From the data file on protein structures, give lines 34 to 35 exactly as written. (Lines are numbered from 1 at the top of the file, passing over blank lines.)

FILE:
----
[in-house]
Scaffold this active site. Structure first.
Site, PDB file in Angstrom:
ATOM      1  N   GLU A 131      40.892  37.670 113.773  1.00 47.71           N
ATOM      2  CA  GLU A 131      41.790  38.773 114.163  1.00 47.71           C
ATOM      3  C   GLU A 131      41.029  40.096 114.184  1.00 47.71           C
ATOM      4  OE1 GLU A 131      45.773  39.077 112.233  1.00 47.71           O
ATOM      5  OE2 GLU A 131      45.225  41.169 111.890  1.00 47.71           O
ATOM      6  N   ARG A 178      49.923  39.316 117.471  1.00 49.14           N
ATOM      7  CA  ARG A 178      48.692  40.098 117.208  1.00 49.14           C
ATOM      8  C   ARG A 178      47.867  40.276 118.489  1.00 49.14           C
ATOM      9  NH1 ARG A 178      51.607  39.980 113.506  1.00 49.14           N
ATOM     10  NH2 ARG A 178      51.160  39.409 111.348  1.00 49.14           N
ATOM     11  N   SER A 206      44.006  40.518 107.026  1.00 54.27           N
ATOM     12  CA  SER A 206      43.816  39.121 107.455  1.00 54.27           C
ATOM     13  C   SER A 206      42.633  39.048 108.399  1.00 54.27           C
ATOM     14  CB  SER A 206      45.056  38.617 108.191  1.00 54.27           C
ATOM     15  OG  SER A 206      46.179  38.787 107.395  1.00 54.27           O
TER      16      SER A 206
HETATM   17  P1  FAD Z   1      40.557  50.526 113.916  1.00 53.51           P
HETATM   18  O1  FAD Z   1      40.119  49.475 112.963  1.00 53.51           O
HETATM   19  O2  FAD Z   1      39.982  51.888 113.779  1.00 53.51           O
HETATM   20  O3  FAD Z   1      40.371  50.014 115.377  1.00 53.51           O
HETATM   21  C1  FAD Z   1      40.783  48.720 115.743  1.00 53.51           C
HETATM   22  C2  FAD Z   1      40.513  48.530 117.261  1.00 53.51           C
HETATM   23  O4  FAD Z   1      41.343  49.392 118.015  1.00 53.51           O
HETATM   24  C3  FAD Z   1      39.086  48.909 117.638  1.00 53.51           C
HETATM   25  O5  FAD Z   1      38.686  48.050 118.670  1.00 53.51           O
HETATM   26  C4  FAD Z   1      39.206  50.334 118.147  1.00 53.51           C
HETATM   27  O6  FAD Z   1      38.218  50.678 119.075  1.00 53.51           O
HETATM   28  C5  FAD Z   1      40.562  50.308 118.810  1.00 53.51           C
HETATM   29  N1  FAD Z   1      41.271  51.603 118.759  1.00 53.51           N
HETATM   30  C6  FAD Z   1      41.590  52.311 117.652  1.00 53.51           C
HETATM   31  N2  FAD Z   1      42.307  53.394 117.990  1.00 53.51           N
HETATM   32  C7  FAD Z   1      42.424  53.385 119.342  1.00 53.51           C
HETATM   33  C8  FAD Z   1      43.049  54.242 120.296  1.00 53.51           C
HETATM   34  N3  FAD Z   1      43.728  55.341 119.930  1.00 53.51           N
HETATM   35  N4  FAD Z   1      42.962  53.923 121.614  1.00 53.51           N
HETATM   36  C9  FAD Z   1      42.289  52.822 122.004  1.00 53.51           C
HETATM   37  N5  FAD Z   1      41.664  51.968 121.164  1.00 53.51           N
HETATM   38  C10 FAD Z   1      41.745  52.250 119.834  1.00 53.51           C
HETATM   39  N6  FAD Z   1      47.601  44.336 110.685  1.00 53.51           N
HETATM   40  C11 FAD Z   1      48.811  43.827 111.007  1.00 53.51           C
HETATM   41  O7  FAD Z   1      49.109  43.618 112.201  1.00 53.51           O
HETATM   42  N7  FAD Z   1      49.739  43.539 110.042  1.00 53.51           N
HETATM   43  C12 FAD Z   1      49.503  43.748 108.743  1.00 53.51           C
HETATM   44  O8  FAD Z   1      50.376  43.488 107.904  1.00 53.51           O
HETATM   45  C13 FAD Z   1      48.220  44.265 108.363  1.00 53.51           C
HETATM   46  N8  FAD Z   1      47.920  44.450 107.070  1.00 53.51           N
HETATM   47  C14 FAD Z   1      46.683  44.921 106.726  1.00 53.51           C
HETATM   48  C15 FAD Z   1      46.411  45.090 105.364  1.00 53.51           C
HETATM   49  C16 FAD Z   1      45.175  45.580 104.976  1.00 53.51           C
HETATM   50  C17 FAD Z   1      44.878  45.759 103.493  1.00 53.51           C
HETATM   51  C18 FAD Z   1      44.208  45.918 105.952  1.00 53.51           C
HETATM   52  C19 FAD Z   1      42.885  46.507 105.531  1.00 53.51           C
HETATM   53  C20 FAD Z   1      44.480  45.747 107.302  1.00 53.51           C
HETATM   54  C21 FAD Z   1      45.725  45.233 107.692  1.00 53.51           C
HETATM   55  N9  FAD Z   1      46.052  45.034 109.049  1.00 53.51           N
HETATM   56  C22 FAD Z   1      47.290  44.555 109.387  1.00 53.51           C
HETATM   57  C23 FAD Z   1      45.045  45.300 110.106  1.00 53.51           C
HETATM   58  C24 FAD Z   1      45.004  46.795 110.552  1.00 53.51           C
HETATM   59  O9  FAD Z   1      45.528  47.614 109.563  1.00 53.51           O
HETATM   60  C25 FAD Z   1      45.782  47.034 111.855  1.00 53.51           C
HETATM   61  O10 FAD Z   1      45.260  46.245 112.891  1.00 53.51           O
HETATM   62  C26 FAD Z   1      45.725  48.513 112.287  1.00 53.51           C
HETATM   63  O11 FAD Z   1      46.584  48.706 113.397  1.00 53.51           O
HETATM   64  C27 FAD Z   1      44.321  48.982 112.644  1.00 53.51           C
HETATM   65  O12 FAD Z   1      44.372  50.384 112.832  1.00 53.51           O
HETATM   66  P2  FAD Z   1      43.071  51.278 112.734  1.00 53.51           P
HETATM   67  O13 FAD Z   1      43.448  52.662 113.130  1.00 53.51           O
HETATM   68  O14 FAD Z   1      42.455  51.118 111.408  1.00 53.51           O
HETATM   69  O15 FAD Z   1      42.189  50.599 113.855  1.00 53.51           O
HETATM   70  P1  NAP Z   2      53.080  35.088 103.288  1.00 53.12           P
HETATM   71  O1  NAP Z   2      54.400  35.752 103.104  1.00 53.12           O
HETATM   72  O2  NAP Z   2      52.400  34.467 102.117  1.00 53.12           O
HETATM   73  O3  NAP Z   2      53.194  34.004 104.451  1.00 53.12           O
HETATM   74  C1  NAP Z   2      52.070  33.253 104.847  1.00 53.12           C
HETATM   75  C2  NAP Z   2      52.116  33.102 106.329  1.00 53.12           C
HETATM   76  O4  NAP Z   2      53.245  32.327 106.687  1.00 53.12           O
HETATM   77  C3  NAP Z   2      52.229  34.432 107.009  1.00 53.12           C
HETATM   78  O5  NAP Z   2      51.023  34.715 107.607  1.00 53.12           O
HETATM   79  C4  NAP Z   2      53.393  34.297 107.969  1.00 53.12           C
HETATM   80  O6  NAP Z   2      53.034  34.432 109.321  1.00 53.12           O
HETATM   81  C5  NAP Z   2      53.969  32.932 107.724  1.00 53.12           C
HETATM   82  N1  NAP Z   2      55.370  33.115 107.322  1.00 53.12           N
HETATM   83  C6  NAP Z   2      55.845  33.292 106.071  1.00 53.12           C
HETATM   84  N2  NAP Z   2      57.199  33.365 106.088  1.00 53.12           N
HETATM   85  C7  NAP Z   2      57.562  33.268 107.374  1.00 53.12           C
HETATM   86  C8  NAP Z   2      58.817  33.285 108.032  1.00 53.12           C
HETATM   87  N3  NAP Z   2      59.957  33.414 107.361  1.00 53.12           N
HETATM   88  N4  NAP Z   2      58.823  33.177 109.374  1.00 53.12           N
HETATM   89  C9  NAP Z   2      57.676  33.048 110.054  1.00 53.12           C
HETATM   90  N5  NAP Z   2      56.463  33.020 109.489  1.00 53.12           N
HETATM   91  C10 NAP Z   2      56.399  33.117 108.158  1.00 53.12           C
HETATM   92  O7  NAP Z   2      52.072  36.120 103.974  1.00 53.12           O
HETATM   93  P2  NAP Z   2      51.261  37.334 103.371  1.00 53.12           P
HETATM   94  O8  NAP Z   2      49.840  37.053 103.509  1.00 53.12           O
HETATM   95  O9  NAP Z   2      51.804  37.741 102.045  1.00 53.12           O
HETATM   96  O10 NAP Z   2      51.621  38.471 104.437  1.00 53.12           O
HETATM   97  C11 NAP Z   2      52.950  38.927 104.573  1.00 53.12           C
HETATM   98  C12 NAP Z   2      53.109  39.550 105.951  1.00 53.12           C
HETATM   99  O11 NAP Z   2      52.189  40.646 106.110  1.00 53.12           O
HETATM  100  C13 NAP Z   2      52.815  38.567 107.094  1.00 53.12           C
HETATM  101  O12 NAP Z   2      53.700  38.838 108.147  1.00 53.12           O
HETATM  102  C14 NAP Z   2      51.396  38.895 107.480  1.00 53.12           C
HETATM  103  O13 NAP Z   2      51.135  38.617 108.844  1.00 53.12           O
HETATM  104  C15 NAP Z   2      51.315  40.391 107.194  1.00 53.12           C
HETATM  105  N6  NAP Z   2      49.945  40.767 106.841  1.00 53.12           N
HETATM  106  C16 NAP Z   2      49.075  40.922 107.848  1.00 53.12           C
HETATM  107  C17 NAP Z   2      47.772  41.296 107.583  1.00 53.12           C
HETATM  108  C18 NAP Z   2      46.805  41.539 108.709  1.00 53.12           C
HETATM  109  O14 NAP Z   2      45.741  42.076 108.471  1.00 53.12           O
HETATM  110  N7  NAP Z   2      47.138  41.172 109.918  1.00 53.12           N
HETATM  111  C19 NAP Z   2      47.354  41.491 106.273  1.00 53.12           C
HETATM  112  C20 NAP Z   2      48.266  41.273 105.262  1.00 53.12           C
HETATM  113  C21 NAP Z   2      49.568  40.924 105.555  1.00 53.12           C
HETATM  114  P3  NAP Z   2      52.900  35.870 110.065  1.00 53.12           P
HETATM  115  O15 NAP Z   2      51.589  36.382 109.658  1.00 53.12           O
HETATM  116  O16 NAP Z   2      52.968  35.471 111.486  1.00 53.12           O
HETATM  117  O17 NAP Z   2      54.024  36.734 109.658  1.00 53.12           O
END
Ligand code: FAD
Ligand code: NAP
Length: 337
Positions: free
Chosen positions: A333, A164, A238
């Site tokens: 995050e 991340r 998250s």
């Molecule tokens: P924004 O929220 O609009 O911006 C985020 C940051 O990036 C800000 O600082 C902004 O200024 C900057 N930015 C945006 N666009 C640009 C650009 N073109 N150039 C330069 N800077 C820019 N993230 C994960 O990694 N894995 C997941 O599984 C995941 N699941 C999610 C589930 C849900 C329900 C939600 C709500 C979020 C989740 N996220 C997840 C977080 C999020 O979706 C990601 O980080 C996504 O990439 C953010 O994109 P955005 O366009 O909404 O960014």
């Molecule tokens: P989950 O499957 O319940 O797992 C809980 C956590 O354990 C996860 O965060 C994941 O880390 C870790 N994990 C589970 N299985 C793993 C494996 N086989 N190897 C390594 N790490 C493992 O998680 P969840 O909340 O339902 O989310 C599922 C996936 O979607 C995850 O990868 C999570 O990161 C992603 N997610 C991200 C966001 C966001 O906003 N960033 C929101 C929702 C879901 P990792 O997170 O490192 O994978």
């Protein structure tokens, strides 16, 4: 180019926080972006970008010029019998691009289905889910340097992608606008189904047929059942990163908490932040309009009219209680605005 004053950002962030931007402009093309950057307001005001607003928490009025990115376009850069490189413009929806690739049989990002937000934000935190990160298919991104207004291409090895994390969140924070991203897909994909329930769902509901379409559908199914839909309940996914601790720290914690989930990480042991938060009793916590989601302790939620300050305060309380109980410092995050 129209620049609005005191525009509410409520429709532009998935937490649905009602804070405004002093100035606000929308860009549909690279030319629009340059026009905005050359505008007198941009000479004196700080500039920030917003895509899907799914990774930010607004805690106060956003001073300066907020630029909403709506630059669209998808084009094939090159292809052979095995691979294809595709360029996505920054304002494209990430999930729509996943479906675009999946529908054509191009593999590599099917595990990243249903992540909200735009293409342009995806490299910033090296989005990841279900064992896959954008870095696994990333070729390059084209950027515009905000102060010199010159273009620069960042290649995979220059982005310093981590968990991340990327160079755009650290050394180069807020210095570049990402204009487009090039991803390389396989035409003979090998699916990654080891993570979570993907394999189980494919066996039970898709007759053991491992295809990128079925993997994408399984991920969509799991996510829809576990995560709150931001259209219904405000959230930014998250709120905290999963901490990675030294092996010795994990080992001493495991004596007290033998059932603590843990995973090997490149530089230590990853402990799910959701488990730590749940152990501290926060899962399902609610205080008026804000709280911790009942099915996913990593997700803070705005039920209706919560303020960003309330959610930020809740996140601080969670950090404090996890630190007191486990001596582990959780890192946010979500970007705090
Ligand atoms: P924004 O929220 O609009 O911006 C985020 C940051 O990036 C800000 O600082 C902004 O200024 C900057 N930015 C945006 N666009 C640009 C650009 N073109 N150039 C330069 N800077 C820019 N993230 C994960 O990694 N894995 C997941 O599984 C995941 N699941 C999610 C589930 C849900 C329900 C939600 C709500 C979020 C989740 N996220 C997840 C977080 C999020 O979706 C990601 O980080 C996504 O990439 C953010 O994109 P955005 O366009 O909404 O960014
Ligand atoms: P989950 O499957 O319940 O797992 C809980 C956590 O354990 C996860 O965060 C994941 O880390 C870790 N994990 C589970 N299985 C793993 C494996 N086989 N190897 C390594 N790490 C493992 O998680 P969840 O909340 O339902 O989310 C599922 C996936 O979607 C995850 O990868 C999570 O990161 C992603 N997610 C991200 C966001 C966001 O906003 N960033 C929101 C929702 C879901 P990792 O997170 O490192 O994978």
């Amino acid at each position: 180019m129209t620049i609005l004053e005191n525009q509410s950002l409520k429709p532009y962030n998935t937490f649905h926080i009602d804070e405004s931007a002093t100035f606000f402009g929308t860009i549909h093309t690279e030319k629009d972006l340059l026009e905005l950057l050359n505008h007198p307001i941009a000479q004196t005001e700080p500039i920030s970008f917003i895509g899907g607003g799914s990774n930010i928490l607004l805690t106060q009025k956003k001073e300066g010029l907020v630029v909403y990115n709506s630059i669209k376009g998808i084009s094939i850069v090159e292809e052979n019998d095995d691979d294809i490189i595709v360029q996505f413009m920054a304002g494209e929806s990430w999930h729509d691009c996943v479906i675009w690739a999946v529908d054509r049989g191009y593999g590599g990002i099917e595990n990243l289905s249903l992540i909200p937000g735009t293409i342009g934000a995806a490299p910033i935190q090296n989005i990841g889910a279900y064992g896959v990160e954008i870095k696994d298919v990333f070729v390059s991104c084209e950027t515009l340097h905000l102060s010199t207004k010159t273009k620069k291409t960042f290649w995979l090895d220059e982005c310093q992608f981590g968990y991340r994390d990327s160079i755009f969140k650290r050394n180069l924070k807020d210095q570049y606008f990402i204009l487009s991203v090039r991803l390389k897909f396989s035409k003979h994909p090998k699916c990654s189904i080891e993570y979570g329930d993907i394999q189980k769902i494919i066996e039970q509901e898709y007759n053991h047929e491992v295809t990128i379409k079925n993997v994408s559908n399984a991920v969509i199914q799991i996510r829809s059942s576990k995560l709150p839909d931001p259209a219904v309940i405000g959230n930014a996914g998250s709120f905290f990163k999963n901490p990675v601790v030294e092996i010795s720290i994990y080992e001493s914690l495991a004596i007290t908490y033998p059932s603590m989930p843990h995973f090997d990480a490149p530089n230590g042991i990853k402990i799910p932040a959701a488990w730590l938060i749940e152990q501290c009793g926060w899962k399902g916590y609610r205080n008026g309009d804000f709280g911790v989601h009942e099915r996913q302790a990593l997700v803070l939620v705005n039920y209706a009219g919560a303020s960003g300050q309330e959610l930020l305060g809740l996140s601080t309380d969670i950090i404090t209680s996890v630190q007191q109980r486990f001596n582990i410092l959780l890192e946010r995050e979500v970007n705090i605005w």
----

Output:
HETATM   31  N2  FAD Z   1      42.307  53.394 117.990  1.00 53.51           N
HETATM   32  C7  FAD Z   1      42.424  53.385 119.342  1.00 53.51           C